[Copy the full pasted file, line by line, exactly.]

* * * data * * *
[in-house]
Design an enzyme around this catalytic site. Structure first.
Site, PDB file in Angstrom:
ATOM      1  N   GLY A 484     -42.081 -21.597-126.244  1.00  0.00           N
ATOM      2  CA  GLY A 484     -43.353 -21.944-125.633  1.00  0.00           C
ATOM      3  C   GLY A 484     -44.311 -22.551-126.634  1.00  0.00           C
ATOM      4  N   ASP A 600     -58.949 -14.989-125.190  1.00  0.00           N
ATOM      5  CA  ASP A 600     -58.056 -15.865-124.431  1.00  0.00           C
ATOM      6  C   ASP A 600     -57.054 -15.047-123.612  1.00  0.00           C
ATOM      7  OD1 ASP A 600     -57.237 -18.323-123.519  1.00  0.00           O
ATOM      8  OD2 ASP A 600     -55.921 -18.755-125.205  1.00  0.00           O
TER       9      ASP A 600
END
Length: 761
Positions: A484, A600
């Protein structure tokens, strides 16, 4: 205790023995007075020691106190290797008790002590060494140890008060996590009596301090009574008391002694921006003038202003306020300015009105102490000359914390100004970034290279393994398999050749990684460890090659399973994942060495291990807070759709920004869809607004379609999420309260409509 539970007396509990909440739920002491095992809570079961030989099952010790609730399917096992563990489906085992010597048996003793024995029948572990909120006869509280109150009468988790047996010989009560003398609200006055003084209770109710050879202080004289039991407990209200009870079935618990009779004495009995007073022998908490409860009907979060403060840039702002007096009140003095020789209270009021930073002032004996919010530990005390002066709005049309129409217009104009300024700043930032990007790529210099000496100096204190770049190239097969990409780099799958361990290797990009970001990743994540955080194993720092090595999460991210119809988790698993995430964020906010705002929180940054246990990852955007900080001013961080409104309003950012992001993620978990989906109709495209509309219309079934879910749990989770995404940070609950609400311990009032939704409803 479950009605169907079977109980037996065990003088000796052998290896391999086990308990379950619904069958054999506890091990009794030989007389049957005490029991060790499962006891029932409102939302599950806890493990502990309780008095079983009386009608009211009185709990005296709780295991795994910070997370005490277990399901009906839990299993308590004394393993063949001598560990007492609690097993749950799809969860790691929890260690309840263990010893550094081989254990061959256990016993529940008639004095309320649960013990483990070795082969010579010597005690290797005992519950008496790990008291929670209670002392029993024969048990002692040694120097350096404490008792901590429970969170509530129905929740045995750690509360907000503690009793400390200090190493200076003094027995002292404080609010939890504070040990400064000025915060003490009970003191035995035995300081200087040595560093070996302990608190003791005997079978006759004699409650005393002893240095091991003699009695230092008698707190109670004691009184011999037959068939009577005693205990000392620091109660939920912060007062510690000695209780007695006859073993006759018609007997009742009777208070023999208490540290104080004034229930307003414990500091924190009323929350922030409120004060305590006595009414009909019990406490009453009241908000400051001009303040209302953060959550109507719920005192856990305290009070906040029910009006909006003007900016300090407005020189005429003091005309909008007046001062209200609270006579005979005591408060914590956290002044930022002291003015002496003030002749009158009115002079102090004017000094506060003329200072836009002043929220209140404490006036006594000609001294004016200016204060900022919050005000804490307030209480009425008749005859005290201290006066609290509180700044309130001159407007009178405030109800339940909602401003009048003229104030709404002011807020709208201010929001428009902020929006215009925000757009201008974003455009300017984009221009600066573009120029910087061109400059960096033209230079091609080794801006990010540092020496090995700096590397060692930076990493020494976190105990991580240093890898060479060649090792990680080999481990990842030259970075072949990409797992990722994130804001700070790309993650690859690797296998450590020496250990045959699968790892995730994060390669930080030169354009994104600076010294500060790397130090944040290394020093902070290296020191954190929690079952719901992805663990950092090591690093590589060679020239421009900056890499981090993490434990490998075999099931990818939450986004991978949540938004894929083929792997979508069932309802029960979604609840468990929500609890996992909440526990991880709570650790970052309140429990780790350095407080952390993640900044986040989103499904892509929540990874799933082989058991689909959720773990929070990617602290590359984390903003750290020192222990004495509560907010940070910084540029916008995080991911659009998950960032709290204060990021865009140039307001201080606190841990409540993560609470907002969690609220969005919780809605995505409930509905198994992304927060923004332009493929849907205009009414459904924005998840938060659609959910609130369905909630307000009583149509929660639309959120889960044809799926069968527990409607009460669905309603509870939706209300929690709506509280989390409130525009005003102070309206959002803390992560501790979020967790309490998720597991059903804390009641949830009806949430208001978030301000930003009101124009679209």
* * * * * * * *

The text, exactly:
[in-house]
Design an enzyme around this catalytic site. Structure first.
Site, PDB file in Angstrom:
ATOM      1  N   GLY A 484     -42.081 -21.597-126.244  1.00  0.00           N
ATOM      2  CA  GLY A 484     -43.353 -21.944-125.633  1.00  0.00           C
ATOM      3  C   GLY A 484     -44.311 -22.551-126.634  1.00  0.00           C
ATOM      4  N   ASP A 600     -58.949 -14.989-125.190  1.00  0.00           N
ATOM      5  CA  ASP A 600     -58.056 -15.865-124.431  1.00  0.00           C
ATOM      6  C   ASP A 600     -57.054 -15.047-123.612  1.00  0.00           C
ATOM      7  OD1 ASP A 600     -57.237 -18.323-123.519  1.00  0.00           O
ATOM      8  OD2 ASP A 600     -55.921 -18.755-125.205  1.00  0.00           O
TER       9      ASP A 600
END
Length: 761
Positions: A484, A600
């Protein structure tokens, strides 16, 4: 205790023995007075020691106190290797008790002590060494140890008060996590009596301090009574008391002694921006003038202003306020300015009105102490000359914390100004970034290279393994398999050749990684460890090659399973994942060495291990807070759709920004869809607004379609999420309260409509 539970007396509990909440739920002491095992809570079961030989099952010790609730399917096992563990489906085992010597048996003793024995029948572990909120006869509280109150009468988790047996010989009560003398609200006055003084209770109710050879202080004289039991407990209200009870079935618990009779004495009995007073022998908490409860009907979060403060840039702002007096009140003095020789209270009021930073002032004996919010530990005390002066709005049309129409217009104009300024700043930032990007790529210099000496100096204190770049190239097969990409780099799958361990290797990009970001990743994540955080194993720092090595999460991210119809988790698993995430964020906010705002929180940054246990990852955007900080001013961080409104309003950012992001993620978990989906109709495209509309219309079934879910749990989770995404940070609950609400311990009032939704409803 479950009605169907079977109980037996065990003088000796052998290896391999086990308990379950619904069958054999506890091990009794030989007389049957005490029991060790499962006891029932409102939302599950806890493990502990309780008095079983009386009608009211009185709990005296709780295991795994910070997370005490277990399901009906839990299993308590004394393993063949001598560990007492609690097993749950799809969860790691929890260690309840263990010893550094081989254990061959256990016993529940008639004095309320649960013990483990070795082969010579010597005690290797005992519950008496790990008291929670209670002392029993024969048990002692040694120097350096404490008792901590429970969170509530129905929740045995750690509360907000503690009793400390200090190493200076003094027995002292404080609010939890504070040990400064000025915060003490009970003191035995035995300081200087040595560093070996302990608190003791005997079978006759004699409650005393002893240095091991003699009695230092008698707190109670004691009184011999037959068939009577005693205990000392620091109660939920912060007062510690000695209780007695006859073993006759018609007997009742009777208070023999208490540290104080004034229930307003414990500091924190009323929350922030409120004060305590006595009414009909019990406490009453009241908000400051001009303040209302953060959550109507719920005192856990305290009070906040029910009006909006003007900016300090407005020189005429003091005309909008007046001062209200609270006579005979005591408060914590956290002044930022002291003015002496003030002749009158009115002079102090004017000094506060003329200072836009002043929220209140404490006036006594000609001294004016200016204060900022919050005000804490307030209480009425008749005859005290201290006066609290509180700044309130001159407007009178405030109800339940909602401003009048003229104030709404002011807020709208201010929001428009902020929006215009925000757009201008974003455009300017984009221009600066573009120029910087061109400059960096033209230079091609080794801006990010540092020496090995700096590397060692930076990493020494976190105990991580240093890898060479060649090792990680080999481990990842030259970075072949990409797992990722994130804001700070790309993650690859690797296998450590020496250990045959699968790892995730994060390669930080030169354009994104600076010294500060790397130090944040290394020093902070290296020191954190929690079952719901992805663990950092090591690093590589060679020239421009900056890499981090993490434990490998075999099931990818939450986004991978949540938004894929083929792997979508069932309802029960979604609840468990929500609890996992909440526990991880709570650790970052309140429990780790350095407080952390993640900044986040989103499904892509929540990874799933082989058991689909959720773990929070990617602290590359984390903003750290020192222990004495509560907010940070910084540029916008995080991911659009998950960032709290204060990021865009140039307001201080606190841990409540993560609470907002969690609220969005919780809605995505409930509905198994992304927060923004332009493929849907205009009414459904924005998840938060659609959910609130369905909630307000009583149509929660639309959120889960044809799926069968527990409607009460669905309603509870939706209300929690709506509280989390409130525009005003102070309206959002803390992560501790979020967790309490998720597991059903804390009641949830009806949430208001978030301000930003009101124009679209």